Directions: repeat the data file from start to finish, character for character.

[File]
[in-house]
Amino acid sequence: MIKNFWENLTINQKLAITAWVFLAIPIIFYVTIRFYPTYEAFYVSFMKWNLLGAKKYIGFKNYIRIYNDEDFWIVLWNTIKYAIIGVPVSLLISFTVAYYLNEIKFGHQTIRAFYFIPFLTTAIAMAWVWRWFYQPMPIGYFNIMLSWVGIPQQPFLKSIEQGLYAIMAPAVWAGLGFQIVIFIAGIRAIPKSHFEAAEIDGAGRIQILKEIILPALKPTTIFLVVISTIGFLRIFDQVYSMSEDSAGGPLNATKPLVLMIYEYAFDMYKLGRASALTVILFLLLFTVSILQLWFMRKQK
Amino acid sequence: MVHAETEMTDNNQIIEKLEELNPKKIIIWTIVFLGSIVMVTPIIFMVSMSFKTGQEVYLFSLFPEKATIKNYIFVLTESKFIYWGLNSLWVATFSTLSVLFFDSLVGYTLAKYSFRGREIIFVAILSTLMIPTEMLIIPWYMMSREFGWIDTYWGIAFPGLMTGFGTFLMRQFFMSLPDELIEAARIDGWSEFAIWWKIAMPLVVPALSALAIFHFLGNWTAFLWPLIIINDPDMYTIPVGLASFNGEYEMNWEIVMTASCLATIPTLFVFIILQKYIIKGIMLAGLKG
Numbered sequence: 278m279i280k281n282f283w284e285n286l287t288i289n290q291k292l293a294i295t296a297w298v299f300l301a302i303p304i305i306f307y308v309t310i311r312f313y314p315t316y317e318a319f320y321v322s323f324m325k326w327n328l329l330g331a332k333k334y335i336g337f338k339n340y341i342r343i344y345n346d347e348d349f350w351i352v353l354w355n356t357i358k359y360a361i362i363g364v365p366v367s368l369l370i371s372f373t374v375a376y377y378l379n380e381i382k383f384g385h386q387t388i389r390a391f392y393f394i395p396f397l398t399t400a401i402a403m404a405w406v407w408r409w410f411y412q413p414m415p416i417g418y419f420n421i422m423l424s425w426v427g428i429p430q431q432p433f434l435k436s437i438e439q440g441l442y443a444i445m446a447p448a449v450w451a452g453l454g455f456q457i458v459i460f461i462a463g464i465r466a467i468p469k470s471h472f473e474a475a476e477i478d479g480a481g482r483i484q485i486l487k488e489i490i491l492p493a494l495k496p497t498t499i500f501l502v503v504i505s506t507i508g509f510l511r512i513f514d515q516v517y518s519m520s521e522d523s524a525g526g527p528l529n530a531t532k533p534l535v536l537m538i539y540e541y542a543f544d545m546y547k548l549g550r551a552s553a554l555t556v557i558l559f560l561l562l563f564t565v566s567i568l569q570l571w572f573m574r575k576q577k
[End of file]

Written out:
[in-house]
Amino acid sequence: MIKNFWENLTINQKLAITAWVFLAIPIIFYVTIRFYPTYEAFYVSFMKWNLLGAKKYIGFKNYIRIYNDEDFWIVLWNTIKYAIIGVPVSLLISFTVAYYLNEIKFGHQTIRAFYFIPFLTTAIAMAWVWRWFYQPMPIGYFNIMLSWVGIPQQPFLKSIEQGLYAIMAPAVWAGLGFQIVIFIAGIRAIPKSHFEAAEIDGAGRIQILKEIILPALKPTTIFLVVISTIGFLRIFDQVYSMSEDSAGGPLNATKPLVLMIYEYAFDMYKLGRASALTVILFLLLFTVSILQLWFMRKQK
Amino acid sequence: MVHAETEMTDNNQIIEKLEELNPKKIIIWTIVFLGSIVMVTPIIFMVSMSFKTGQEVYLFSLFPEKATIKNYIFVLTESKFIYWGLNSLWVATFSTLSVLFFDSLVGYTLAKYSFRGREIIFVAILSTLMIPTEMLIIPWYMMSREFGWIDTYWGIAFPGLMTGFGTFLMRQFFMSLPDELIEAARIDGWSEFAIWWKIAMPLVVPALSALAIFHFLGNWTAFLWPLIIINDPDMYTIPVGLASFNGEYEMNWEIVMTASCLATIPTLFVFIILQKYIIKGIMLAGLKG
Numbered sequence: 278m279i280k281n282f283w284e285n286l287t288i289n290q291k292l293a294i295t296a297w298v299f300l301a302i303p304i305i306f307y308v309t310i311r312f313y314p315t316y317e318a319f320y321v322s323f324m325k326w327n328l329l330g331a332k333k334y335i336g337f338k339n340y341i342r343i344y345n346d347e348d349f350w351i352v353l354w355n356t357i358k359y360a361i362i363g364v365p366v367s368l369l370i371s372f373t374v375a376y377y378l379n380e381i382k383f384g385h386q387t388i389r390a391f392y393f394i395p396f397l398t399t400a401i402a403m404a405w406v407w408r409w410f411y412q413p414m415p416i417g418y419f420n421i422m423l424s425w426v427g428i429p430q431q432p433f434l435k436s437i438e439q440g441l442y443a444i445m446a447p448a449v450w451a452g453l454g455f456q457i458v459i460f461i462a463g464i465r466a467i468p469k470s471h472f473e474a475a476e477i478d479g480a481g482r483i484q485i486l487k488e489i490i491l492p493a494l495k496p497t498t499i500f501l502v503v504i505s506t507i508g509f510l511r512i513f514d515q516v517y518s519m520s521e522d523s524a525g526g527p528l529n530a531t532k533p534l535v536l537m538i539y540e541y542a543f544d545m546y547k548l549g550r551a552s553a554l555t556v557i558l559f560l561l562l563f564t565v566s567i568l569q570l571w572f573m574r575k576q577k